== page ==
fast-food zoning
n. Zoning laws designed to keep fast-food restaurants out of an area or neighborhood.
In an effort to provide residents with more nutritious choices, the L.A. City Council adopted landmark legislation in July mandating a one-year moratorium on the building of new fast-food eateries in a 32-square-mile area. (Fast-food zoning exists in other cities but is based on aesthetic considerations, not health factors.) According to Jan Perry, a council member who co-sponsored the bill and whose district is part of South L.A., the idea is to freeze fast-food development so that sit-down restaurants and quality-food markets will build in the area. ''When every corner is taken up with fast food,'' Perry says, ''there's no room for anyone else.''
—Steven Kurutz, “Fast-Food Zoning,” The New York Times, December 14, 2008
In the early 1990s, activists pushed the government to man date nutrition information on grocery items. Not surprisingly, food choices didn't change. Since then they have lobbied for fast-food zoning, Twinkie taxes, and outright food bans.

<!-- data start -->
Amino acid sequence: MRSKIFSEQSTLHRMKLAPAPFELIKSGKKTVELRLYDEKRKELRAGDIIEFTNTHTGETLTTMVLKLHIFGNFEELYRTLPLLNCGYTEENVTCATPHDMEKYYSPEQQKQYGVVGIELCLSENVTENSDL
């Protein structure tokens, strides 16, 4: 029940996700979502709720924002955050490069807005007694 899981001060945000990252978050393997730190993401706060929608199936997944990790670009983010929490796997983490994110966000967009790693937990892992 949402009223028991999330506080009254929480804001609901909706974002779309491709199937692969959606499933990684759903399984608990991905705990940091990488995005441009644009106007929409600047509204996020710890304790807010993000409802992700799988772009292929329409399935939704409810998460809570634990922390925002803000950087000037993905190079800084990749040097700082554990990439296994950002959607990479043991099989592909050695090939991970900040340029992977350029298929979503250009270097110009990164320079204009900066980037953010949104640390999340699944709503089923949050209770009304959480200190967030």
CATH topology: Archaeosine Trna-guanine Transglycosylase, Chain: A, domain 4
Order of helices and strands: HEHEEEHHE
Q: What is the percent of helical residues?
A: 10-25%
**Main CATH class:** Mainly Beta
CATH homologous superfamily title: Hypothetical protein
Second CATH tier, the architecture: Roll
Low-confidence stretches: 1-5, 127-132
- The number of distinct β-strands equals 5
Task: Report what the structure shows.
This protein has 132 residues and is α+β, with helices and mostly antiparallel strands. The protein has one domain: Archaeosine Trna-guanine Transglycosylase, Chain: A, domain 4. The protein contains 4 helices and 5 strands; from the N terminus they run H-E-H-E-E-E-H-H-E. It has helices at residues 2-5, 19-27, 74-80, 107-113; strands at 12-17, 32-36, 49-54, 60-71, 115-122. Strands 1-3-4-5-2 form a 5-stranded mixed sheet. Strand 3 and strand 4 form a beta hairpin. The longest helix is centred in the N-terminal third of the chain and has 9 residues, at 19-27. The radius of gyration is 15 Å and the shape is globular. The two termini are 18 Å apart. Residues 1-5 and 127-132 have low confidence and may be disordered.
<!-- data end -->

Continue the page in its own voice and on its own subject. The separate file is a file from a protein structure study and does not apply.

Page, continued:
—Richard Berman, “Health activists overlook deadly effects of sitting,” Nation's Restaurant News, January 07, 2008
2006 (earliest)
New York Councilman Joel Rivera wants to ban fast food restaurants from certain areas of New York. Apparently such a law already exists in a small Californian city — Calistoga.
—“Fast Food Zoning,” Diet Blog, September 25, 2006
Among tax proposals Daniels suggested merit consideration are … Extending the 5 percent state sales tax to so-called "snack food." Once labeled the "Twinkie tax," the proposal would apply to such items as candy, chewing gum, potato chips, pretzels, cookies, ice cream, coffee and tea.
—Mike Lawrence, “Tax alternatives sought,” Chicago Sun-Times, June 29, 1987